Introduction: DIY Variable LED Panel (Dual Color)

Improve your lighting by making an affordable DIY Rechargeable LED Panel! Equipped with Dual Color brightness adjustment, this project gives you the flexibility of adjusting your light source's white balance to match your surrounding's ambient light. LED Panels are one of the essential tools for filming. Unlike softlight setups, LED panels are very versatile, portable enough to fit in your backpack.

Watch My Full Video Tutorial:

- Dual Color Adjustment (3000k-6500k)

- Brightness Adjustment (Without Flicker)

- Rechargeable & Can Run On Grid Power

- Runs On 18650 Li-Ion Vape Batteries

- Adjustable Ball Joint Clamp

Step 1: Parts & Materials


- 6500k White LED Strips (Select White -

- 3000k Warm White LED Strips (Select Warm White -

- LM2596S DC-DC Buck Converter (2x -

- LCD Voltmeter (2x - )

- 3S Li-Ion BMS Module (

- 3S 18650 Battery Holder (

- 18650 Li-ion Batteries (3x -

- 12V 2Amp Power Brick ( ) - DC Jack (

- Switch - 1/4" Nut

- Bike Camera Mount ( )

Step 2: Prepare the Picture Frame

We will be using a picture frame as our project's enclosure. Remove the picture and the glass that comes with the frame. Removing the glass makes your project less fragile and much lighter.

Step 3: Paint the Frame & Panel

You can personalize your LED Panel by spraying paint on the frame and on the wooden panel.

Step 4: Cut the LED Strips

LED strips can be cut down into segments and can be soldered again afterwards. There are cut lines on where you can cut them. Base the length of your cuts from the horizontal length of your picture frame's width.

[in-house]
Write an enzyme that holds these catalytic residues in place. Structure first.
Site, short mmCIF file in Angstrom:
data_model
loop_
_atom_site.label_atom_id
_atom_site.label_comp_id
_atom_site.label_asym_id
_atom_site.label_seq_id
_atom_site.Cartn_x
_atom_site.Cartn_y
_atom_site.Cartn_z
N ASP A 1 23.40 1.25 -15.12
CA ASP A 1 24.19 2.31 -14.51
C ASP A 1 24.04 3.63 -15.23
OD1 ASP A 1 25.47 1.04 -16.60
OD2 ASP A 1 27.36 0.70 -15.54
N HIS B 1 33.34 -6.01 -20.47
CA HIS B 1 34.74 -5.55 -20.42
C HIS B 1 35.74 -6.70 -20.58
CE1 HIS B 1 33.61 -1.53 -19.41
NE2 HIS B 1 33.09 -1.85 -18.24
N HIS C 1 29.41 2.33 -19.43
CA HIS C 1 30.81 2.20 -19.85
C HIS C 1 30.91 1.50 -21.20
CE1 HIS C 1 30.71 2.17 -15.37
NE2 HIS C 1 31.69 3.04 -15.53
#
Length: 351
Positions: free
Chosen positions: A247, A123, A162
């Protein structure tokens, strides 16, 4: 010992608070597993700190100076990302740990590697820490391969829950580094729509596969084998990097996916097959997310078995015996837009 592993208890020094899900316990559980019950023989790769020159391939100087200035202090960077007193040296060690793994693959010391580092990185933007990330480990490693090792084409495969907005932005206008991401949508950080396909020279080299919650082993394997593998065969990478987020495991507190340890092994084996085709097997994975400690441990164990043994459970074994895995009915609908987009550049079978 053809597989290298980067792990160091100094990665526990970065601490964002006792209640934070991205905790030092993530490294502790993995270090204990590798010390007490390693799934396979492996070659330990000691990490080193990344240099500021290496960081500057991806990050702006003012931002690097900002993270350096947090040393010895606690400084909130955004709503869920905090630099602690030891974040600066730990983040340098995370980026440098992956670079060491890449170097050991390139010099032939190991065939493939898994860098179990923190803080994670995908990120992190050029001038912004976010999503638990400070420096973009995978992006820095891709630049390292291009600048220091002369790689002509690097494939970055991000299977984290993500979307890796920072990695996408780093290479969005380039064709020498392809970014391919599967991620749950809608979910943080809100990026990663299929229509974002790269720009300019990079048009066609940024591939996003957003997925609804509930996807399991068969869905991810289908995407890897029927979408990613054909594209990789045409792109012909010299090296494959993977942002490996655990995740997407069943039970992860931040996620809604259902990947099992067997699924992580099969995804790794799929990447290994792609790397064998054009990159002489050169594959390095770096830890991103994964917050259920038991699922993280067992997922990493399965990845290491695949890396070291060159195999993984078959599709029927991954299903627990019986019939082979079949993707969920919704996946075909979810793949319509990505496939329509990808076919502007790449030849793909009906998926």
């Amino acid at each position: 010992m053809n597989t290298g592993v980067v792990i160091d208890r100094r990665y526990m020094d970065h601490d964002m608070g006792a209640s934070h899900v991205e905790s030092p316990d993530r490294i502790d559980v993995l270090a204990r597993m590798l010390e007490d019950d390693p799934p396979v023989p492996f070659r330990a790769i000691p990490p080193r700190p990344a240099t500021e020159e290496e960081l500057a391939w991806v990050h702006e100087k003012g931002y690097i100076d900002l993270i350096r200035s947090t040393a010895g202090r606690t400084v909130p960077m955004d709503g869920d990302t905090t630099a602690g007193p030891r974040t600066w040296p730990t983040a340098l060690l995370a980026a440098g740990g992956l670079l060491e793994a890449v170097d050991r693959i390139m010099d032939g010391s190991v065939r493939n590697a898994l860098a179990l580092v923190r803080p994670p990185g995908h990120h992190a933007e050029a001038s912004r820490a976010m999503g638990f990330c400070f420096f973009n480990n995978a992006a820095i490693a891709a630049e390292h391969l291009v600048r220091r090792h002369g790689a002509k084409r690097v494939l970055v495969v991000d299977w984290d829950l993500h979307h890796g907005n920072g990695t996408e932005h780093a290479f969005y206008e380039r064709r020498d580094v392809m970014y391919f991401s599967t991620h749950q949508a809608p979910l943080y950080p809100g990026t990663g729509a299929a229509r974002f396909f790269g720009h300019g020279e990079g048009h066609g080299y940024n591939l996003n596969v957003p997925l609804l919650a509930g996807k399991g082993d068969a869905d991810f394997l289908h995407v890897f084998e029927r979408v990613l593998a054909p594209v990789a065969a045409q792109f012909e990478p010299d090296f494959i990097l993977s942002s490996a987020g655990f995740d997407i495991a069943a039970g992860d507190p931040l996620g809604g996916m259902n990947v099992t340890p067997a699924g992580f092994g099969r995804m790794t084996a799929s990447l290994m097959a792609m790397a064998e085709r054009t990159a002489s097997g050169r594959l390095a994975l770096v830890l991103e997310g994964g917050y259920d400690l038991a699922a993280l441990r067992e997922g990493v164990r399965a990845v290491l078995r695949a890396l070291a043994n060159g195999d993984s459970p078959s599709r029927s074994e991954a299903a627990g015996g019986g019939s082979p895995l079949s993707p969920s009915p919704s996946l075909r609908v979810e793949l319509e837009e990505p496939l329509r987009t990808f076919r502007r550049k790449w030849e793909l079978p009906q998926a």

Step 5: Mount the LED Strips

Peel the protective layer of the adhesive at the back of your LED strips and mount them on your frame's wooden panel. The white and the warm white LED strips are sequenced alternately. I started mine by mounting the white LED strips, then the warm white LED strips, then the white LED strips and so on...

Step 6: Wire the LED Strips

1.) Using a bare solid wire, solder all the negative pads of the strips together into one line, this would be your common ground.

2.) Using a separate line of bare solid wire, solder all the positive pads of the white LED strips together.

3.) Using a separate line of bare solid wire, solder all the positive pads of the warm white LED strips together.

Take Note:

You should now have three power lines, one for the common ground, one connecting all the positive pads of the white LED strips and one connecting all the positive pads of the warm white LED strips.

Step 7: Drill Through Holes

You can drill holes through then wooden panel to route your wires from the front to the back. This way, you wouldn't have to run your wires around the outer rim of your frame.

Step 8: Follow the Wiring Diagram

Here's a simplified diagram for wiring the components.

Battery Configuration: For this project, I'm using three 18650 lithium-ion batteries connected in series. 18650 batteries are very common, they are often used in vapes and in flashlights. These batteries usually have 1,500mAh - 3,500mAh of capacity and has an operating voltage of 3.2v - 4.2v. Lithium batteries are perfect since they have a high energy density to size ratio and have steep discharge curves. When three of these are connected in series, you get to have a battery pack with an operating voltage of 9.6v-12.6v (11.1v nominal).